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Comments posted to this topic are about the item TOP clause WITH TIES
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NULL is not zero NULL is not an empty string NULL is the unknown




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Took some time to interpret the question, but eventually got that correct. The key to answer is to visualize how the data gets stored in table variable. Like for the first few iterations (3 iterations shown below), data would look like
  IASINT  IASSTRING    1  1   2  1   2  2   3  2   3  3   4  3   Now for statement "SET @x = ??? set an integer value between 1 and 19", we try to imagine the output of the two statements (summary given below)
When @X = 1; "statement 1" will return 1 row and "statement 2" will return 2 rows @X = 2; "statement 1" will return 3 rows and "statement 2" will return 2 rows @X = 3; "statement 1" will return 3 rows and "statement 2" will return 4 rows @X = 4; "statement 1" will return 5 rows and "statement 2" will return 4 rows
Hence, Statement 1 only returns more rows than Statement 2 when @X is even.
Nice Qotd Ron
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I actually got the right answer, but only because I misread the questionI assumed it was something to do with string sorting (where the sort order would become 1, 10, 11, 2 rather than 1, 2, 3, 4) and picked the nearest answer to what I thought would happen. Didn't even notice that the string value entered in the second value line was different from the integer for that line!
That being the case, I wonder why the question setter didn't just use a pair of integers? Having the apparently completely irrelevant string conversion in there just confused the issue, IMHO.




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Interesting question, and I didn't spot the different values in each column either.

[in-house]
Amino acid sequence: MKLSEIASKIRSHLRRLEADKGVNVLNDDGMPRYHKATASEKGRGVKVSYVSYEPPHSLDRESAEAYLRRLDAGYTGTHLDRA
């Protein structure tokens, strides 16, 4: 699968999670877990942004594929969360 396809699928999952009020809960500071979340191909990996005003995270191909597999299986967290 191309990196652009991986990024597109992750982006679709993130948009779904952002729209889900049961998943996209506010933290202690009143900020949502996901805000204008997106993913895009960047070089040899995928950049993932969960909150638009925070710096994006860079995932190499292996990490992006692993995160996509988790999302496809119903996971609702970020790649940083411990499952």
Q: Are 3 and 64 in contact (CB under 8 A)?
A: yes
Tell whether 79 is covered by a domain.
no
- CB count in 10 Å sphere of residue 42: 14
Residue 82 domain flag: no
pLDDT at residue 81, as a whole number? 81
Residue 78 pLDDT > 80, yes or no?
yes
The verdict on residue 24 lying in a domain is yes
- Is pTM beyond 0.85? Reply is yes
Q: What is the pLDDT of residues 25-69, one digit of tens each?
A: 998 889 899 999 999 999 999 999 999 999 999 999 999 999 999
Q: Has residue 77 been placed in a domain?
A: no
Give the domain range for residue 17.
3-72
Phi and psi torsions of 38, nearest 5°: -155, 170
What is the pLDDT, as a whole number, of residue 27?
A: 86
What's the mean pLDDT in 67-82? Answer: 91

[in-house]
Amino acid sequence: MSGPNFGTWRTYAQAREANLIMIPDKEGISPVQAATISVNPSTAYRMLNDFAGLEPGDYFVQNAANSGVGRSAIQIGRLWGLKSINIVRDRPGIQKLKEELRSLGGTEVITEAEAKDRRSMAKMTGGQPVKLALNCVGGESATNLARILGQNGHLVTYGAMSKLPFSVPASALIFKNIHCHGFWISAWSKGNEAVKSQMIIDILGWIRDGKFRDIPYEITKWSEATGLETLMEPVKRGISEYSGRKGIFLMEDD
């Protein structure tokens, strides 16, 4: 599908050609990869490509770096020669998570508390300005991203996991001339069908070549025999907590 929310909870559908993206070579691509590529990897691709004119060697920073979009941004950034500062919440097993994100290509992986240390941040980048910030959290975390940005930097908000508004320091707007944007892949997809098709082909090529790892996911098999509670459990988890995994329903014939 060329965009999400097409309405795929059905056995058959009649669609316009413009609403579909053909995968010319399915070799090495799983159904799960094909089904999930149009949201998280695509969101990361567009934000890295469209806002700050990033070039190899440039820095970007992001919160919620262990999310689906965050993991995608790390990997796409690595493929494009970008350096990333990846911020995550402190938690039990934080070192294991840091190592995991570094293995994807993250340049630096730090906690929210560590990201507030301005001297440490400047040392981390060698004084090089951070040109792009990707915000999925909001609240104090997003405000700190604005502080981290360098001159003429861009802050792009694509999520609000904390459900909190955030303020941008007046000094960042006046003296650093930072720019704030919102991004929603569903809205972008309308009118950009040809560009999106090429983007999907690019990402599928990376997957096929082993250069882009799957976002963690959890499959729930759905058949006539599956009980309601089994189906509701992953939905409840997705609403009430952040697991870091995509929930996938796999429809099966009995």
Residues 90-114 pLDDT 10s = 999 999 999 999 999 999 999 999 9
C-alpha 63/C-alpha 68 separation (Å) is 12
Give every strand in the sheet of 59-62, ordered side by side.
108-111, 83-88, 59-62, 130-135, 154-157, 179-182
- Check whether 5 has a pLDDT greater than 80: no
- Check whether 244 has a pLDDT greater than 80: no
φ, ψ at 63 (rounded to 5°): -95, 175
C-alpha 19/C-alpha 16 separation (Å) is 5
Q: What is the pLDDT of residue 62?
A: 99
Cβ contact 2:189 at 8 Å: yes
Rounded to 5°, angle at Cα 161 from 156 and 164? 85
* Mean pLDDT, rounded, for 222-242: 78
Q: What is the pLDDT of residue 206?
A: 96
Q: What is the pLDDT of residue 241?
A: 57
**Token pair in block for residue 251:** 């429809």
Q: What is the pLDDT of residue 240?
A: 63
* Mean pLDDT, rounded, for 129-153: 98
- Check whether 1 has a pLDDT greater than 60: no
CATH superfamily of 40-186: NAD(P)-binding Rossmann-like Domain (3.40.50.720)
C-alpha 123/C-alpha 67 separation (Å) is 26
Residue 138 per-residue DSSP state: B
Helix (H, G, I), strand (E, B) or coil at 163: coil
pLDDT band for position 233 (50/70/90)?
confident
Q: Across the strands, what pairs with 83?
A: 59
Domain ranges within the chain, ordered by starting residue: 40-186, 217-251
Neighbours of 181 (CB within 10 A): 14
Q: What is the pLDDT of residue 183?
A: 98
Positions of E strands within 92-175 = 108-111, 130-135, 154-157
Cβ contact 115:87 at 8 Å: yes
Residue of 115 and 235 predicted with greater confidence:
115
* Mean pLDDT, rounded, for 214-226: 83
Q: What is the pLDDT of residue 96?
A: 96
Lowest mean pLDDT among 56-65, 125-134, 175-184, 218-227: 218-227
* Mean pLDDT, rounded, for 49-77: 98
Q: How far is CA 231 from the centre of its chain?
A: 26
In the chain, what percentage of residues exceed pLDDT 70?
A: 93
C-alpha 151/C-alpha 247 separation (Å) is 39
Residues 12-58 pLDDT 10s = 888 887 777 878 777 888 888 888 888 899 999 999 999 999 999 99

So there are two things going on here to confuse us. First is the fact that different values get put in each column because of the i vs i + 1 for the second insert in the loop. Second is the fact that the ordering is different in each case (which is what I thought the question was about). So for ordering by iAsInt we have 1,2,2,3,3,4,4,5,5... and ordering by iAsString we have 1,1,10,10,2,2,3,3,4...
If the same values were put in both columns, we would still get different numbers of rows returned for all values of @x greater than 3 since ordering by iAsString would give 1,10,10,11,2,2,3,3...
A good reminder (if we ever needed one) to put integers in integer columns!




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Duncan Pryde (5/30/2013) If the same values were put in both columns, we would still get different numbers of rows returned for all values of @x greater than 3 since ordering by iAsString would give 1,10,10,11,2,2,3,3...
However, you'd only get more rows on the first statement returned for *even* values of X greater than 3. For example, if X=5, you get 1, 2, 2, 3, 3 from the integer version, and 1, 10, 10, 11, 2, 2 from the string version, whereas if X=6, you get 1, 2, 2, 3, 3, 4, 4 on the integer and 1, 10, 10, 11, 2, 2 on the string. That's if it worked as we both thought it did, which it clearly doesn't!